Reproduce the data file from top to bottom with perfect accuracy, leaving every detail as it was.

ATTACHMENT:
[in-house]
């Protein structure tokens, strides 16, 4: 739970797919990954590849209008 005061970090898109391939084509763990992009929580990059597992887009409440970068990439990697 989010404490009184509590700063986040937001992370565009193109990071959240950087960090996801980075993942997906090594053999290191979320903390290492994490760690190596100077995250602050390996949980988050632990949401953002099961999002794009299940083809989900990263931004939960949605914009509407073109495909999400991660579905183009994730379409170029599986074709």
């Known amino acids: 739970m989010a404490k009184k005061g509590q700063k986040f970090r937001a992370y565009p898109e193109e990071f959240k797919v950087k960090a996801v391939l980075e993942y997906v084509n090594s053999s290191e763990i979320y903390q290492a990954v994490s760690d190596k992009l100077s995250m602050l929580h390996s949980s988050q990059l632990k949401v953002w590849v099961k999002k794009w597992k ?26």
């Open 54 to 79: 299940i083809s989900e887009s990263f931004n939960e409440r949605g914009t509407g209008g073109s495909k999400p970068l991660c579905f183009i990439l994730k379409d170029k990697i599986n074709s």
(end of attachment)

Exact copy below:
[in-house]
């Protein structure tokens, strides 16, 4: 739970797919990954590849209008 005061970090898109391939084509763990992009929580990059597992887009409440970068990439990697 989010404490009184509590700063986040937001992370565009193109990071959240950087960090996801980075993942997906090594053999290191979320903390290492994490760690190596100077995250602050390996949980988050632990949401953002099961999002794009299940083809989900990263931004939960949605914009509407073109495909999400991660579905183009994730379409170029599986074709």
């Known amino acids: 739970m989010a404490k009184k005061g509590q700063k986040f970090r937001a992370y565009p898109e193109e990071f959240k797919v950087k960090a996801v391939l980075e993942y997906v084509n090594s053999s290191e763990i979320y903390q290492a990954v994490s760690d190596k992009l100077s995250m602050l929580h390996s949980s988050q990059l632990k949401v953002w590849v099961k999002k794009w597992k ?26």
């Open 54 to 79: 299940i083809s989900e887009s990263f931004n939960e409440r949605g914009t509407g209008g073109s495909k999400p970068l991660c579905f183009i990439l994730k379409d170029k990697i599986n074709s």